Study type: Medical/biological study (experimental study)

Is gene activity in plant cells affected by UMTS-irradiation? A whole genome approach med./bio.

Published in: Adv Appl Bioinform Chem 2008; 1: 71-83

Aim of study (acc. to author)

In search for possible targets of radiofrequency electromagnetic fields in plant cells, a whole genome approach was undertaken: cell suspension cultures of Arabidopsis thaliana were exposed for 24 h to a radiofrequency field representing typical microwave exposure in an urban environment.

Background/further details

Arabidopsis thaliana is a model plant for molecular biology.
The hybridization of a total of eight microarrays was performed (four arrays were hybridized with RNA from microwave exposed and another four arrays with RNA from microwave shielded cells). For each array, RNA extracted from one subculture was used for hybridization, resulting in four replicates for each treatment group.



Exposure Parameters
Exposure 1: 1.9 GHz
Modulation type: CW
Exposure duration: continuous for 24 h

Exposure 1

Main characteristics
Frequency 1.9 GHz
Exposure duration continuous for 24 h
Modulation type CW
Additional info

control channel with 1.5 kHz modulation and 6 data channels 3 dB up and down power modulation for 45 s and 30 dB periodic attenuation during 15.3 s, resulting in a total period of 60.3 s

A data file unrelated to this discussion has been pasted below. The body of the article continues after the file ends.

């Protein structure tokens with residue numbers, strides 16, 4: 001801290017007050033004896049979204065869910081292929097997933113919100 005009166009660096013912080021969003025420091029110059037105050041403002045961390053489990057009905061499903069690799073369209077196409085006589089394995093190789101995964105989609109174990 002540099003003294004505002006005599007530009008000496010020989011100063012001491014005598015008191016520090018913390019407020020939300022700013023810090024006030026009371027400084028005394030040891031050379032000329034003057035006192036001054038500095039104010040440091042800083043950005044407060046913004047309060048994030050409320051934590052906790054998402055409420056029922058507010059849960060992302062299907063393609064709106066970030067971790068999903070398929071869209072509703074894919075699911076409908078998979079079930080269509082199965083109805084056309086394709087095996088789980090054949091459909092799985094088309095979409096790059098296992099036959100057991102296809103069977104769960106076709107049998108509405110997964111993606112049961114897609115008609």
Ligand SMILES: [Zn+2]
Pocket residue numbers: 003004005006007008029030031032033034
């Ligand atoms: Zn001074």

Exposure setup
Exposure source
Setup flasks placed on a rotary shaker which surface was covered with RF-absorbers; for control experiments flask placed inside a Faraday cage on the same rotary shaker
Measurand Value Type Method Mass Remarks
electric field strength 174 V/m average over time measured - -
electric field strength 275 V/m peak value measured - -
SAR 2 W/g peak value - cf. remarks 50 ml
SAR 0.75 W/g average over mass - cf. remarks 50 ml
power density 20 mW/cm² peak value - - -
power density 8 mW/cm² average over time - - considerably higher than the recommended value for UMTS (s. guideline 1998)

Reference articles

Exposed system:

Methods Endpoint/measurement parameters/methodology

Investigated system:
Time of investigation:
  • after exposure

Main outcome of study (acc. to author)

Overall, the authors conclude that radiofrequency fields used in mobile phone communication have no dramatic effect on the gene activity of plant cells in suspension culture. Only 10 genes displayed an altered transcription level after exposure and the alterations did not exceed a 2.5-fold reduction or increase in gene activity. It is unlikely that these small changes in gene activity of very few genes will have pronounced effects on the physiology of plant cells (especially if compared to other large changes described in published experiments). Besides that 3 of the affected genes are dark-inducible, the functions of the genes do not point to any known responses of plants to environmental stimuli. Additionally, cells of a suspension culture do not resemble autotrophically growing plants in every respect and their responses to radiofrequency fields may differ from those of intact plants.

Study character:

Study funded by

Related articles